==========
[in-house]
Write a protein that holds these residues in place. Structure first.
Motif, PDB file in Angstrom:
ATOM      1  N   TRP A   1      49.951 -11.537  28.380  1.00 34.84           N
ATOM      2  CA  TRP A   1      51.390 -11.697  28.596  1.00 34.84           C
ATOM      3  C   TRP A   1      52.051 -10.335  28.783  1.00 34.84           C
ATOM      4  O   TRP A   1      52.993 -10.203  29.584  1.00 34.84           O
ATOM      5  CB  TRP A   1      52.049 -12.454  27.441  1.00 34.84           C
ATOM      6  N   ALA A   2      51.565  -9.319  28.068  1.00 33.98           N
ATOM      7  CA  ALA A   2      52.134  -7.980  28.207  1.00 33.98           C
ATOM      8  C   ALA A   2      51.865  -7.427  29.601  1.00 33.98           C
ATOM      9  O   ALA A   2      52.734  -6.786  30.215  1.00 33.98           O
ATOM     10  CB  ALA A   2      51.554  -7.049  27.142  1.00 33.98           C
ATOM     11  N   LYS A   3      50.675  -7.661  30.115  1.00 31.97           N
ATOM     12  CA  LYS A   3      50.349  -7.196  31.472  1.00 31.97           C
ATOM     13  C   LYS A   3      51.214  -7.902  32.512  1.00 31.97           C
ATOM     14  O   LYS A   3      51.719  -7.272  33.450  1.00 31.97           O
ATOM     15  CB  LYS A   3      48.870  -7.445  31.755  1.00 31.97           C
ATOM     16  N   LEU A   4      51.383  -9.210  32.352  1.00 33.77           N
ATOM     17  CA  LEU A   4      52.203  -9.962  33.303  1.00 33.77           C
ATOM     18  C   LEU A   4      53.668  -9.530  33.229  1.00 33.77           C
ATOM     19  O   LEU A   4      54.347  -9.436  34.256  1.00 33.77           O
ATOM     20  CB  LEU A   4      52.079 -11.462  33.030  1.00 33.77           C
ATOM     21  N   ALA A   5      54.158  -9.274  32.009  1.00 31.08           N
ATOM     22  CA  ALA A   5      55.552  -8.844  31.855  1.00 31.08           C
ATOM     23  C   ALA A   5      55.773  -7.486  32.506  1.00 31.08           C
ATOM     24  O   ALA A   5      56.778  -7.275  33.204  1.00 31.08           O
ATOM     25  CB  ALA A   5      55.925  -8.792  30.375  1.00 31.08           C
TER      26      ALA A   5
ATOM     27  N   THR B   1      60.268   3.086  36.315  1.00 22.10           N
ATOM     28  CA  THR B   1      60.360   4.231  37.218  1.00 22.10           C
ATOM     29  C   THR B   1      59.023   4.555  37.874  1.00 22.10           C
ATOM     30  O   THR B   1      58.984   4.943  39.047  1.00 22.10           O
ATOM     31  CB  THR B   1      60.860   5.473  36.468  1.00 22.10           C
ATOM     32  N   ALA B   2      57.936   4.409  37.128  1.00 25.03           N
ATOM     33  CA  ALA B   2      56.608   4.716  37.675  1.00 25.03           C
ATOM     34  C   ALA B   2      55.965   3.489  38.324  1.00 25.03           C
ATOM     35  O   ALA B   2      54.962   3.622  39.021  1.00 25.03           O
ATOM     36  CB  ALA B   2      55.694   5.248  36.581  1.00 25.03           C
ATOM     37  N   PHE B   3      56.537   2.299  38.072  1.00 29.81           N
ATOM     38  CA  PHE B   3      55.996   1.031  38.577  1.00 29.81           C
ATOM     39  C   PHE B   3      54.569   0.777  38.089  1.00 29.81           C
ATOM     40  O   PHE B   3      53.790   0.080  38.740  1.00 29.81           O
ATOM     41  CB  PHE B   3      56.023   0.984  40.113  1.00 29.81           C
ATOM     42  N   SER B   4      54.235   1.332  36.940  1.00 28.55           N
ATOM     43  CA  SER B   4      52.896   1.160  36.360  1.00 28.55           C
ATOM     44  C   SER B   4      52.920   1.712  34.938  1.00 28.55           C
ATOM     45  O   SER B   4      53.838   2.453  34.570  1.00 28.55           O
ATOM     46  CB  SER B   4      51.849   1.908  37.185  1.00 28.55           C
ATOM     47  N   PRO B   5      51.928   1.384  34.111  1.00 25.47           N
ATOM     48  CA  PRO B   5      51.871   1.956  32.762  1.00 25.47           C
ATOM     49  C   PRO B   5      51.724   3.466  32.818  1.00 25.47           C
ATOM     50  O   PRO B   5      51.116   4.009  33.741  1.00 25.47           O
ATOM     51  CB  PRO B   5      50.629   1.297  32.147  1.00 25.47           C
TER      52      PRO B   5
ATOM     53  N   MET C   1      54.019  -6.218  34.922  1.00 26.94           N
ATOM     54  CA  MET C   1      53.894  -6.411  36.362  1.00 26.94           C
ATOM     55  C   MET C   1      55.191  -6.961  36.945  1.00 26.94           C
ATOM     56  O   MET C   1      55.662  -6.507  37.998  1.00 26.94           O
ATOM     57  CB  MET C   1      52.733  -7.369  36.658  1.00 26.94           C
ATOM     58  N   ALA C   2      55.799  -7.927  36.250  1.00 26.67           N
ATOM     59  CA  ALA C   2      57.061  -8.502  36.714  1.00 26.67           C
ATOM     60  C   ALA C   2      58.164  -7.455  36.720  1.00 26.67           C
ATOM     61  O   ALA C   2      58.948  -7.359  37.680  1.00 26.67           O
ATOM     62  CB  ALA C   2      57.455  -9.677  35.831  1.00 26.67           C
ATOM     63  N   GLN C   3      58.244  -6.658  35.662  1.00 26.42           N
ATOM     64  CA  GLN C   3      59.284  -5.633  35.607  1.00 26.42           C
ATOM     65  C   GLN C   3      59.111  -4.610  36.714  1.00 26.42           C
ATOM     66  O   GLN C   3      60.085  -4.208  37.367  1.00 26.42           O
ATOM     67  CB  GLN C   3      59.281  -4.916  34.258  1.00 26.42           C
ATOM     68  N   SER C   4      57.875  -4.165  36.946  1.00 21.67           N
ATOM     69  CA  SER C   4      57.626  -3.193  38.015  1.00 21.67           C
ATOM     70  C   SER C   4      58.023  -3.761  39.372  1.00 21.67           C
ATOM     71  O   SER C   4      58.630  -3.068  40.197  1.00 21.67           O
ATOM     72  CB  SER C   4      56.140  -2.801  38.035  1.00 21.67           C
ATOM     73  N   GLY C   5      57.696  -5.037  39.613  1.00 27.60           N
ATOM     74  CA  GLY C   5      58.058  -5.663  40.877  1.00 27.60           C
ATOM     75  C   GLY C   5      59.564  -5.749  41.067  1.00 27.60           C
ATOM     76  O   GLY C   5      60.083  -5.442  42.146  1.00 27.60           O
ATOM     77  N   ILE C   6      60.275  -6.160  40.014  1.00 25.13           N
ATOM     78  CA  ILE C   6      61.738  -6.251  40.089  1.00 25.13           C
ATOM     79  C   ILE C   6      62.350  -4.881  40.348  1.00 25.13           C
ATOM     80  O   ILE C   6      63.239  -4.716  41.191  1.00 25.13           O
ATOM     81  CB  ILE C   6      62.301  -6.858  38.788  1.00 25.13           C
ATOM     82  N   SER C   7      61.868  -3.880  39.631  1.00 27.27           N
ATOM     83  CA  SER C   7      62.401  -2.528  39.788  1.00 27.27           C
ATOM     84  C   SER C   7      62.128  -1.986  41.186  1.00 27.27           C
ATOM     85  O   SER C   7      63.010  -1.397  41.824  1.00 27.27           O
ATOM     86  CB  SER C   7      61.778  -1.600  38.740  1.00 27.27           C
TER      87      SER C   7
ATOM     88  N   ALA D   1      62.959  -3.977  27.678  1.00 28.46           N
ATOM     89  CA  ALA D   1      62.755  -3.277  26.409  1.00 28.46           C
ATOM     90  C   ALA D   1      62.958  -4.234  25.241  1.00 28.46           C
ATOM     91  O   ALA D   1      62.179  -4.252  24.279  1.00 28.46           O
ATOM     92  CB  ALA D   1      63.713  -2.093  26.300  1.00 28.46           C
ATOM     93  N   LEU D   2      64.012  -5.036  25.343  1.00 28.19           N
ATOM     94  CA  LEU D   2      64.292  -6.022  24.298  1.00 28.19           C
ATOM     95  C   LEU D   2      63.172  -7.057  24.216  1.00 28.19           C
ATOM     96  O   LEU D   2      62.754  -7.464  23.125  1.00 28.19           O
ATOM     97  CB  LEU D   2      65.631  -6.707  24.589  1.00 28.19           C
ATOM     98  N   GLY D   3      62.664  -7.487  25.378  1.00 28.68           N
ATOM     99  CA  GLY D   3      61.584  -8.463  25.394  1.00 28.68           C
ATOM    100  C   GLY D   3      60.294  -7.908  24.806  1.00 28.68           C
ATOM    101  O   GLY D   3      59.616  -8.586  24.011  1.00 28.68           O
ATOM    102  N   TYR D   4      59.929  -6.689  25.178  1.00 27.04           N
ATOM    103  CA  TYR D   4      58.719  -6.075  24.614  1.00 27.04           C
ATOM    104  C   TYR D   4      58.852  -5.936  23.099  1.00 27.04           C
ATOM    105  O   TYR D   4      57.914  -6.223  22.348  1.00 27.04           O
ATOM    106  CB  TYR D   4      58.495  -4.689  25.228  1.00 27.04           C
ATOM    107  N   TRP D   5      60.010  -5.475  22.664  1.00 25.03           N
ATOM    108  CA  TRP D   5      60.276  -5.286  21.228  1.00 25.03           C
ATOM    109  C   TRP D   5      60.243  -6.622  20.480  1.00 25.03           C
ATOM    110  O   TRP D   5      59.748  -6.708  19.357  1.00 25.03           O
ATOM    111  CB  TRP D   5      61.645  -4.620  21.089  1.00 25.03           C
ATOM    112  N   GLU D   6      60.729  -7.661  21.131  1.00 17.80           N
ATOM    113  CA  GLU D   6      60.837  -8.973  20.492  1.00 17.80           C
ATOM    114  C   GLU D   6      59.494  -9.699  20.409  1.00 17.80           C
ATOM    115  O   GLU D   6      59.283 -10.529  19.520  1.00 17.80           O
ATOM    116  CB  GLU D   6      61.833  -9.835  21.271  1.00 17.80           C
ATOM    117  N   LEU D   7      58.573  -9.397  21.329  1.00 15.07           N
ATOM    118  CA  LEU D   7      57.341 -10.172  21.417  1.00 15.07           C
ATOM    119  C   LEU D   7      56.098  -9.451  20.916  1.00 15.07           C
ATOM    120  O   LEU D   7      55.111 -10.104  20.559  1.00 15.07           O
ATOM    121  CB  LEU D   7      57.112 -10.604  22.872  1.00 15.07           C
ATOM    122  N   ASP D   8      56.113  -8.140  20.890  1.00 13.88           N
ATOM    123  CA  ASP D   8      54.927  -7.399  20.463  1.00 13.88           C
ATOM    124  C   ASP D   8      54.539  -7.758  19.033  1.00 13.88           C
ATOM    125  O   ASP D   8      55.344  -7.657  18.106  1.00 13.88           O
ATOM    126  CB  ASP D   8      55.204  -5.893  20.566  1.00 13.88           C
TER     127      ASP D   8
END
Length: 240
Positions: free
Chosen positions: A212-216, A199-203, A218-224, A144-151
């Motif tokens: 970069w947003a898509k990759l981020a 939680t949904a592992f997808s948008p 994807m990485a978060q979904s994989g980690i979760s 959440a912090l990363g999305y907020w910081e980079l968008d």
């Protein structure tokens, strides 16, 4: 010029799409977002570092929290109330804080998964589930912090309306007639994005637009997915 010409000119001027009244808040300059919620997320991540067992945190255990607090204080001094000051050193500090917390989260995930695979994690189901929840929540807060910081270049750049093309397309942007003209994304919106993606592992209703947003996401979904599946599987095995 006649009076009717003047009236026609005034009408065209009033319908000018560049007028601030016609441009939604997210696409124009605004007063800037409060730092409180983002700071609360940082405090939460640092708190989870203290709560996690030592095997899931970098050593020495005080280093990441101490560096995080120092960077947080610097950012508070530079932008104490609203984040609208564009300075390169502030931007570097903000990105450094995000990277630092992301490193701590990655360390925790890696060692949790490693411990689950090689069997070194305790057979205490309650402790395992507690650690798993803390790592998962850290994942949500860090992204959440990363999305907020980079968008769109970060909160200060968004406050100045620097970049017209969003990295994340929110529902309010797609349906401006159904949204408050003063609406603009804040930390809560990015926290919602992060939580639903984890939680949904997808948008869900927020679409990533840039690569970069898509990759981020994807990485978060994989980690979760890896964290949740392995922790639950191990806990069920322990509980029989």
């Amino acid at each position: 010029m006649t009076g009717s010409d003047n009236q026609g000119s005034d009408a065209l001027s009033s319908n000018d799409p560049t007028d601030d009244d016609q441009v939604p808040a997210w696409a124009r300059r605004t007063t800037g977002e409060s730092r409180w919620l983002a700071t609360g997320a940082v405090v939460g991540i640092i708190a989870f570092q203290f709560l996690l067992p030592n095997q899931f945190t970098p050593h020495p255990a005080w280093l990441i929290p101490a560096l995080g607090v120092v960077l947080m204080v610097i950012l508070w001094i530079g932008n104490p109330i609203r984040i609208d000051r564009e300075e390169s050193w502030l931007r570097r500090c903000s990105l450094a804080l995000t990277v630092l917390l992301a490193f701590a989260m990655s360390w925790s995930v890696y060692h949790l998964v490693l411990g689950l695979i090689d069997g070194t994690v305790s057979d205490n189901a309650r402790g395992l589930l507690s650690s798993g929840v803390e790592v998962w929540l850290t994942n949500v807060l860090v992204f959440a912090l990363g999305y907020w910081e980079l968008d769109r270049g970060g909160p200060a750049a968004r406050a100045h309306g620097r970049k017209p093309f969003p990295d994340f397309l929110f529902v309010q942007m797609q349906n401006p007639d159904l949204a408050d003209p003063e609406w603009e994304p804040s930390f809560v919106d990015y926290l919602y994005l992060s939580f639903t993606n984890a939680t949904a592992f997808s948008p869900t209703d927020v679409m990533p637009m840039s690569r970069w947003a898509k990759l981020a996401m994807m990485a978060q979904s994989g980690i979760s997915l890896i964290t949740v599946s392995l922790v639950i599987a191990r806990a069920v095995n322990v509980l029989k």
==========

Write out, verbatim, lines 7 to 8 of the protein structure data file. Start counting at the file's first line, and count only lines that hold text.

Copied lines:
ATOM      4  O   TRP A   1      52.993 -10.203  29.584  1.00 34.84           O
ATOM      5  CB  TRP A   1      52.049 -12.454  27.441  1.00 34.84           C